Already at food number 154 on my 200 paleo foods challenge! So far it’s been easy, not sure if this means it’s actually a pretty achievable goal or if it’s going to suddenly get a lot harder now that I’ve eaten my way through most of the odd fruits and vegetables at the grocery store and farmers market.
So in case you were wondering what some of those odd tubers in the root vegetable section of the grocery store are…
Boniato is a dense, slightly sweet root with a somewhat purplish skin. It falls between a potato and a sweet potato in flavor and texture. Apparently they are very popular in the Caribbean, particularly Cuba, and are often called Cuban or Caribbean sweet potatoes. Of the new root vegetables I’ve tried I think this one makes the best non-nightshade substitute for a regular potato.
Name root is much denser and starchier than a regular potato, but otherwise similar. Though less flavorful. Basically not as good as a potato or a boniato, though maybe I just haven’t had a really good one yet.
Cassava, also called yuca and tapioca (when dried and powdered), is a South and Central American staple and something I’d always wanted to try in its original state. Didn’t end up cooking plain pieces of it but did end up making paleo cassava flatbread out of it, which was delicious. A super easy recipe, the hardest part was getting the thick brown skin off.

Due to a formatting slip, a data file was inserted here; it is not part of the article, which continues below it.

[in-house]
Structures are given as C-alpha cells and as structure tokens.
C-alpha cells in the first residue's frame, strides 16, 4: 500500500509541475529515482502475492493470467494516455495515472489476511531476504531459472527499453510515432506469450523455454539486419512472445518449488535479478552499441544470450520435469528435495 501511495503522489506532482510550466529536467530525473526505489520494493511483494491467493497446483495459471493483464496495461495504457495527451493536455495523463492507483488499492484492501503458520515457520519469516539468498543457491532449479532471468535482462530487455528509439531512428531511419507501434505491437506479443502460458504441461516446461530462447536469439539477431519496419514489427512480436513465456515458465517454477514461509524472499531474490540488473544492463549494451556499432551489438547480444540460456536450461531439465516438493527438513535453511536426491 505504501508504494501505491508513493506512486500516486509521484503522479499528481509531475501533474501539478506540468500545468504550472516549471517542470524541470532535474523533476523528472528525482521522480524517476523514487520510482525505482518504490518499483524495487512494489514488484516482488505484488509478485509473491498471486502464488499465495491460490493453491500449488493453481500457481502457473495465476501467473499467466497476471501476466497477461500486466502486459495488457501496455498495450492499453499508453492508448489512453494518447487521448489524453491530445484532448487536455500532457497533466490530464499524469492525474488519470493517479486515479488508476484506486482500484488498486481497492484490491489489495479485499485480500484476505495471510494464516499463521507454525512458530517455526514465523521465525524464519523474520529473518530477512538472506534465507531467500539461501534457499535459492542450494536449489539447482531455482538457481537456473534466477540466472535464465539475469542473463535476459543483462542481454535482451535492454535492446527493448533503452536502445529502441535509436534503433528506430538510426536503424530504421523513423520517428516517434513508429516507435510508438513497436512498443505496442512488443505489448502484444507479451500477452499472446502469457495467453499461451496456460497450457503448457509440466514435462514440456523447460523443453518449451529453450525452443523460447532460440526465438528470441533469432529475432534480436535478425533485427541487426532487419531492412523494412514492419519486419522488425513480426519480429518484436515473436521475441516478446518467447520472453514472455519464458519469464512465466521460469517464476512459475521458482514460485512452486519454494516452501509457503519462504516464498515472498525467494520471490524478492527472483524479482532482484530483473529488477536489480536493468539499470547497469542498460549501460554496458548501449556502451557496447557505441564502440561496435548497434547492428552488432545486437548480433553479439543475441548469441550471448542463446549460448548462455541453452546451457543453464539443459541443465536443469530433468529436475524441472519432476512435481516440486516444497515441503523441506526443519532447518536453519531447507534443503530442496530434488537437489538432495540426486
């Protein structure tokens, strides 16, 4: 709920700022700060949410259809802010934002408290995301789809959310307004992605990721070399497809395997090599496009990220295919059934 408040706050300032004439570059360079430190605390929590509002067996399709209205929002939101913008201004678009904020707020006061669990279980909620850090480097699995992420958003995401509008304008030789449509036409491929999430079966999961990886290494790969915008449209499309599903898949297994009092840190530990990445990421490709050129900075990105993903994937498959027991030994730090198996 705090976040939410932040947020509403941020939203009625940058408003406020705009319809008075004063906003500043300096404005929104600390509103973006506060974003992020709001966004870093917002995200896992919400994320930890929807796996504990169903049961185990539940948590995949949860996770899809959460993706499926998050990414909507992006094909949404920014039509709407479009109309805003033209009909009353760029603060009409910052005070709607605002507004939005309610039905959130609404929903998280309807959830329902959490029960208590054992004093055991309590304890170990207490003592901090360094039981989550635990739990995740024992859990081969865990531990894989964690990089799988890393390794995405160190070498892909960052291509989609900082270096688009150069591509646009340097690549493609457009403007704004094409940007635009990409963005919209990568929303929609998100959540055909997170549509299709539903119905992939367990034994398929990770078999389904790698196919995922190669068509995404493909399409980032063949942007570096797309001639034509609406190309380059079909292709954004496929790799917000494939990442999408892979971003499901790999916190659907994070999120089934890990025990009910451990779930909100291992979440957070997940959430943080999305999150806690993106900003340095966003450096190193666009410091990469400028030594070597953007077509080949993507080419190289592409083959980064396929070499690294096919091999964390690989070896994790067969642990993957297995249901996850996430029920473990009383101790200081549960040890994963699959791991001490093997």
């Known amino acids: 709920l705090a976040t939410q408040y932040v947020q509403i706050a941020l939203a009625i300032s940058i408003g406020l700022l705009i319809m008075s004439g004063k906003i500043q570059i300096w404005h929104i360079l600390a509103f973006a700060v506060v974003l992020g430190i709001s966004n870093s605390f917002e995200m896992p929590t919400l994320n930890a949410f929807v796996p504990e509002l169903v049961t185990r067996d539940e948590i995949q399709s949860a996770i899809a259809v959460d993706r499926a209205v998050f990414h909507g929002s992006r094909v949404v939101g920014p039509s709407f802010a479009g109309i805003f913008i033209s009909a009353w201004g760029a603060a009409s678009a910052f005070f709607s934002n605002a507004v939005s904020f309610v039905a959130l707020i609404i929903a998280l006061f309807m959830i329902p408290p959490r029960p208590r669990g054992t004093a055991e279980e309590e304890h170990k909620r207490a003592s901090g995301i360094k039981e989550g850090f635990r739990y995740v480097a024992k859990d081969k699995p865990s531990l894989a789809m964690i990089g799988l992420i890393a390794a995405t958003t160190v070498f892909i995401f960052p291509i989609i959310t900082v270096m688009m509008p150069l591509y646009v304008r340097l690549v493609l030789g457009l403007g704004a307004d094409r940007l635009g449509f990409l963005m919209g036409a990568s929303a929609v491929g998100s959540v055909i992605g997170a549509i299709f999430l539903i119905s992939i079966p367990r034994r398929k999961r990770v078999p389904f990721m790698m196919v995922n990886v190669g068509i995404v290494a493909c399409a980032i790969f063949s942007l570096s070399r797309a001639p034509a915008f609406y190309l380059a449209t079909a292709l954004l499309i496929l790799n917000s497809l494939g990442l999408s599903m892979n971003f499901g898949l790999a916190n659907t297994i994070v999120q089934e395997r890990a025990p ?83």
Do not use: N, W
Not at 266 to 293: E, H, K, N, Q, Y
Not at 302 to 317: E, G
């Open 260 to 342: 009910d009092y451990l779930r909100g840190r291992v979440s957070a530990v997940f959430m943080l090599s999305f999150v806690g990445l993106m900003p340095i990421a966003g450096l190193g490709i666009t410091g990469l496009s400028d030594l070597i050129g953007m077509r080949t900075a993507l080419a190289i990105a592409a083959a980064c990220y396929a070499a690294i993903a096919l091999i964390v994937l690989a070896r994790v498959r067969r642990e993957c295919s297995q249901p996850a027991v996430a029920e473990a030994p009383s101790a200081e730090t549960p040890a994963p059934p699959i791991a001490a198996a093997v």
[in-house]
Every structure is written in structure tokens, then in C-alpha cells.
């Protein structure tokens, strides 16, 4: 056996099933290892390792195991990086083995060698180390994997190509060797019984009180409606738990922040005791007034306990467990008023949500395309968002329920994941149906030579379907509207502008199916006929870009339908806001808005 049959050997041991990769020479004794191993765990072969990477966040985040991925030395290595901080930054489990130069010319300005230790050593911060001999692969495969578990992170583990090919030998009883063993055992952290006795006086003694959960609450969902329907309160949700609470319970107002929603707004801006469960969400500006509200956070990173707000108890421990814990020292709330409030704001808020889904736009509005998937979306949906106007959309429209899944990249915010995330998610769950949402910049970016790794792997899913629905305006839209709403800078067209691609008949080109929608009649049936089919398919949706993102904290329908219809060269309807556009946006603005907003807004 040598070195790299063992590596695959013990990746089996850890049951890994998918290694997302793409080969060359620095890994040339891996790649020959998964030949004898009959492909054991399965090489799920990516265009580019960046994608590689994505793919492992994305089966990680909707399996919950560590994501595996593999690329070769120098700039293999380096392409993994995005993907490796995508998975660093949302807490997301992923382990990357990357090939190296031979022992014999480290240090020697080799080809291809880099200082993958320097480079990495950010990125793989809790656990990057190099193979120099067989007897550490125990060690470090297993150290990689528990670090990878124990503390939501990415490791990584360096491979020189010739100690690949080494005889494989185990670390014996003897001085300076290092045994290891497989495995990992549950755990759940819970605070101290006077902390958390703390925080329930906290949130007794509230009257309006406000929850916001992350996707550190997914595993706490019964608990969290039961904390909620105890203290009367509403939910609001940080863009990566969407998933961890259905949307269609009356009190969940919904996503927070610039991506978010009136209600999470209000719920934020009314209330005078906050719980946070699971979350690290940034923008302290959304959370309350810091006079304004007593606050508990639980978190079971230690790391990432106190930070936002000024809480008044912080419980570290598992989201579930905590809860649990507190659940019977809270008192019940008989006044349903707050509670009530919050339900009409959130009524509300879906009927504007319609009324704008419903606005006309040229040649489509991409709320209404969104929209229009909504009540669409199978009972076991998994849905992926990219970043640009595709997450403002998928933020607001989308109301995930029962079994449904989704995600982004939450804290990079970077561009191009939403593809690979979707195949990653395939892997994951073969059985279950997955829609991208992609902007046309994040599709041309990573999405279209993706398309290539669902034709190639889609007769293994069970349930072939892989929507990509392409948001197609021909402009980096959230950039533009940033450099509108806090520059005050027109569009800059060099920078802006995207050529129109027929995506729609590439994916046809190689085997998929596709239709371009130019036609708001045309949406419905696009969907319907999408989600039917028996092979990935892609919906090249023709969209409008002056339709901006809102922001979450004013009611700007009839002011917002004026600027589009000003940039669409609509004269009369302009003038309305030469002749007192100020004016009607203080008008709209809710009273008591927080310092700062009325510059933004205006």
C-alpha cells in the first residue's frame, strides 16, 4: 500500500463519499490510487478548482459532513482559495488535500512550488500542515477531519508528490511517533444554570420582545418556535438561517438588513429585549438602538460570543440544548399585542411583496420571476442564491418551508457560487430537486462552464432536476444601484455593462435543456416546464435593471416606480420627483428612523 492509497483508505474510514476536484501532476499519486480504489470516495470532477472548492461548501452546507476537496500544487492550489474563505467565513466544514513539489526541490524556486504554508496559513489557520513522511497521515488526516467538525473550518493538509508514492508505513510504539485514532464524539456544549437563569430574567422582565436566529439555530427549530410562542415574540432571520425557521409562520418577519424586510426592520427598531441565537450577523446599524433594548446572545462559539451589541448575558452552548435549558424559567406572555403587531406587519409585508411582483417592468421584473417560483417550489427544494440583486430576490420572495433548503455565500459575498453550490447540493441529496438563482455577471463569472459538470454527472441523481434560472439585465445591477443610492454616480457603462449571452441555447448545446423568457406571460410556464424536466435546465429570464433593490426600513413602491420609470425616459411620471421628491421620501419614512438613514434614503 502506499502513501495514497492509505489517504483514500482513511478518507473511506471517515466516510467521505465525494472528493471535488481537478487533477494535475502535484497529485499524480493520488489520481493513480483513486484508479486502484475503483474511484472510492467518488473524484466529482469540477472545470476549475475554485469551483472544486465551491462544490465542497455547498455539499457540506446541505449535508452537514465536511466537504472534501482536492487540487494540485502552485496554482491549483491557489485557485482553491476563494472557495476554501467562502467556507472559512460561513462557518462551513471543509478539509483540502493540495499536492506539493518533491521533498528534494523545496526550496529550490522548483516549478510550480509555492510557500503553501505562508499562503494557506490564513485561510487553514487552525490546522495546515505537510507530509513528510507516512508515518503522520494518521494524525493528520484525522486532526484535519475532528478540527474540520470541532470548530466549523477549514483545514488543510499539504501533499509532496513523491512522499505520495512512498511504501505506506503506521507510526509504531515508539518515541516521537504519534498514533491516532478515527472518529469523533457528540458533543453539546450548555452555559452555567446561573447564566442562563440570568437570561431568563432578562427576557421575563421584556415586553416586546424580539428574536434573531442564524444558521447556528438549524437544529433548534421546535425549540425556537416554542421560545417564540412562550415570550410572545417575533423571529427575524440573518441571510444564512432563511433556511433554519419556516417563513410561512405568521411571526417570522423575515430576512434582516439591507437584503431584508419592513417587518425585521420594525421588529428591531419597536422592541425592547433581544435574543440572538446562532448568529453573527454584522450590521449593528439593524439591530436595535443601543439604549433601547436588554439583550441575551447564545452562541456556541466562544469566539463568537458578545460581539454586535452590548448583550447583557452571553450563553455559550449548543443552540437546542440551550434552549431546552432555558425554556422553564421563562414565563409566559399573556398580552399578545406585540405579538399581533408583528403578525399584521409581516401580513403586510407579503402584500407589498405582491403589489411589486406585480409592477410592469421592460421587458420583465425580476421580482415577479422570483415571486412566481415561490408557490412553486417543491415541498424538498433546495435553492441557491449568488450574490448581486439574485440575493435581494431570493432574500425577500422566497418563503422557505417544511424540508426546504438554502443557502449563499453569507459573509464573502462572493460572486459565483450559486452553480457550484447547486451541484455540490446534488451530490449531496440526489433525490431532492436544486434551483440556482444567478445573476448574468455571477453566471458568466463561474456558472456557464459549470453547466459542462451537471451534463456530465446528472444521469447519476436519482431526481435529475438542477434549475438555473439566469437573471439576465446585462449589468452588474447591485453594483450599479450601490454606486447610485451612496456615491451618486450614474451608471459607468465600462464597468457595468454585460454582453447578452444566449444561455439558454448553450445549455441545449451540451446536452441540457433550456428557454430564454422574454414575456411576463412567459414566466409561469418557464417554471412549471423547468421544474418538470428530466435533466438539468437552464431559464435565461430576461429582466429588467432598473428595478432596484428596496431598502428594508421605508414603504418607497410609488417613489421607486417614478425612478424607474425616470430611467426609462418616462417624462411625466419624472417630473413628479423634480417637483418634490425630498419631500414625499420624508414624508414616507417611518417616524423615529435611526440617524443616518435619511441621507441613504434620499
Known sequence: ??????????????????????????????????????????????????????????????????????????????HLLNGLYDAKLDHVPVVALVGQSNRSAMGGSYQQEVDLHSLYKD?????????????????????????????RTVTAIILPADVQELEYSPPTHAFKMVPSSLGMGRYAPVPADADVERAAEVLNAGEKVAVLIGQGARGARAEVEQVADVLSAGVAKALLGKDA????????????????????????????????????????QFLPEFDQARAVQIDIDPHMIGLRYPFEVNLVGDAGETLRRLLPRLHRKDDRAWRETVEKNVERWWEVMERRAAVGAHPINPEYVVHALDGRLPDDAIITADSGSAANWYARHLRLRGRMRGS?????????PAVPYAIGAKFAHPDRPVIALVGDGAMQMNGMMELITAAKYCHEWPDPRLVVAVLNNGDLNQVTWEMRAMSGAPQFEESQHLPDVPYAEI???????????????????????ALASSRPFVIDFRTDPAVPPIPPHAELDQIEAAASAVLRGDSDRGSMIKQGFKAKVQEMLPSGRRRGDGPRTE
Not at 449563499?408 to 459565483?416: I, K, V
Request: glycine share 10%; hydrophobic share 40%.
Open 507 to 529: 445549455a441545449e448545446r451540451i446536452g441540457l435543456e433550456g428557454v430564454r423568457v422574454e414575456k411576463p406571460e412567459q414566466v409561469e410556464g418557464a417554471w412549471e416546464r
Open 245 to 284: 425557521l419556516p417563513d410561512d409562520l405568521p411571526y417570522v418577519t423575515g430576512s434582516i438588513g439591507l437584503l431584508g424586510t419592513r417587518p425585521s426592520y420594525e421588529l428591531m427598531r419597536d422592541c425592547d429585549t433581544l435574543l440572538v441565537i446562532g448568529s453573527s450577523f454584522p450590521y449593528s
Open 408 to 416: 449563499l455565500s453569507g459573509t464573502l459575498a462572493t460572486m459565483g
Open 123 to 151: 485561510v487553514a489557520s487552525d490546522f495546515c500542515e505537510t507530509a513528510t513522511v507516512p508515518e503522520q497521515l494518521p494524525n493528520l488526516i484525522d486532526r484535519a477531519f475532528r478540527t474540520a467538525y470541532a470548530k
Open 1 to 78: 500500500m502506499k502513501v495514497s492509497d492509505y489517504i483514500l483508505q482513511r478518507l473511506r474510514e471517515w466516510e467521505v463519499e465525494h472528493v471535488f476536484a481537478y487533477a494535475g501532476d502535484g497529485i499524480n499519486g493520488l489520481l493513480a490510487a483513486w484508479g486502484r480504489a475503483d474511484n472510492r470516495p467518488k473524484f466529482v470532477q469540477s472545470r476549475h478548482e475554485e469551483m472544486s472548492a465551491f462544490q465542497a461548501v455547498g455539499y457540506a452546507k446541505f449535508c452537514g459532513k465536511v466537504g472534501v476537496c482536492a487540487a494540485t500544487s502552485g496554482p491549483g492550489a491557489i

The surprising variety of sweet potatoes! White sweet potatoes taste just like honey and are my new favorite type of sweet potato. The Japanese sweet potato was a close second: it tasted like brown sugar. I highly recommend looking out for both of those. The garnet sweet potato was a bit meh, as was the extremely dense purple sweet potato, though it was pretty cool just how deeply, seriously purple that one was. Of course the standard orange, (I tried a Covington, similar to the Jewel in the picture), was good too, but very familiar. I had no idea sweet potatoes came in such a variety of colors and tastes.
However I think my favorite new strange root is still the malanga blanca. It has the most unusual new texture and flavor, it’s rich and nutty, and rather than just being a slightly different take on the potato or sweet potato the malanga blanca is a whole new vegetable experience.
In my quest for new foods I’ve also tried three new types of seafood (I’ve never been a seafood eater): shrimp, large scallops, and lobster. The last was at the Outback Steakhouse. I can’t decide whether going to the Outback Steakhouse at all, let alone ordering a plate like the one below, or blogging about food is the more bizarre new behavior for me.